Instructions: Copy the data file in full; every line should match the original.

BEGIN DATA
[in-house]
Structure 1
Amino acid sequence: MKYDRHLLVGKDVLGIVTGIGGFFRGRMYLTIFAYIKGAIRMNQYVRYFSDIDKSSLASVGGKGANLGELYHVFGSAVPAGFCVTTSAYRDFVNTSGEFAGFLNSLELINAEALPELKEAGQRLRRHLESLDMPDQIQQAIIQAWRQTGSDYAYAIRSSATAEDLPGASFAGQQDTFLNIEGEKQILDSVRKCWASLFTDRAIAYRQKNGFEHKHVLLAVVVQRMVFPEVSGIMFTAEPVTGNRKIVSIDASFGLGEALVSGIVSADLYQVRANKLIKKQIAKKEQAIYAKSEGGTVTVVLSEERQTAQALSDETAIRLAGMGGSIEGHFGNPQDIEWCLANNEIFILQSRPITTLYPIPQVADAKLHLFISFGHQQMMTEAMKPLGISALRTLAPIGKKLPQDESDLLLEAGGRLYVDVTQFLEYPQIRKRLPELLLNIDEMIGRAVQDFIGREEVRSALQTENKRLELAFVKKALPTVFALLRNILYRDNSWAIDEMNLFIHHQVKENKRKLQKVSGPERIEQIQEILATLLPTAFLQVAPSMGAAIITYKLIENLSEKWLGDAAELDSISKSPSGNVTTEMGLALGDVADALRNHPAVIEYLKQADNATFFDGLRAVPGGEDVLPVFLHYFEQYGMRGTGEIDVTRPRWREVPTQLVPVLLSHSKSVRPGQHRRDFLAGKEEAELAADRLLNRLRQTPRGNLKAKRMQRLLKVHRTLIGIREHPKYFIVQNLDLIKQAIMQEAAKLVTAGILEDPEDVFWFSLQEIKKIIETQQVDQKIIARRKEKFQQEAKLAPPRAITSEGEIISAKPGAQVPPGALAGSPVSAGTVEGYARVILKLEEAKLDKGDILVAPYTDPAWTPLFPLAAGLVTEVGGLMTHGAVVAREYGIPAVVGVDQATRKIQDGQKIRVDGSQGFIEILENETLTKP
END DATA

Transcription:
[in-house]
Structure 1
Amino acid sequence: MKYDRHLLVGKDVLGIVTGIGGFFRGRMYLTIFAYIKGAIRMNQYVRYFSDIDKSSLASVGGKGANLGELYHVFGSAVPAGFCVTTSAYRDFVNTSGEFAGFLNSLELINAEALPELKEAGQRLRRHLESLDMPDQIQQAIIQAWRQTGSDYAYAIRSSATAEDLPGASFAGQQDTFLNIEGEKQILDSVRKCWASLFTDRAIAYRQKNGFEHKHVLLAVVVQRMVFPEVSGIMFTAEPVTGNRKIVSIDASFGLGEALVSGIVSADLYQVRANKLIKKQIAKKEQAIYAKSEGGTVTVVLSEERQTAQALSDETAIRLAGMGGSIEGHFGNPQDIEWCLANNEIFILQSRPITTLYPIPQVADAKLHLFISFGHQQMMTEAMKPLGISALRTLAPIGKKLPQDESDLLLEAGGRLYVDVTQFLEYPQIRKRLPELLLNIDEMIGRAVQDFIGREEVRSALQTENKRLELAFVKKALPTVFALLRNILYRDNSWAIDEMNLFIHHQVKENKRKLQKVSGPERIEQIQEILATLLPTAFLQVAPSMGAAIITYKLIENLSEKWLGDAAELDSISKSPSGNVTTEMGLALGDVADALRNHPAVIEYLKQADNATFFDGLRAVPGGEDVLPVFLHYFEQYGMRGTGEIDVTRPRWREVPTQLVPVLLSHSKSVRPGQHRRDFLAGKEEAELAADRLLNRLRQTPRGNLKAKRMQRLLKVHRTLIGIREHPKYFIVQNLDLIKQAIMQEAAKLVTAGILEDPEDVFWFSLQEIKKIIETQQVDQKIIARRKEKFQQEAKLAPPRAITSEGEIISAKPGAQVPPGALAGSPVSAGTVEGYARVILKLEEAKLDKGDILVAPYTDPAWTPLFPLAAGLVTEVGGLMTHGAVVAREYGIPAVVGVDQATRKIQDGQKIRVDGSQGFIEILENETLTKP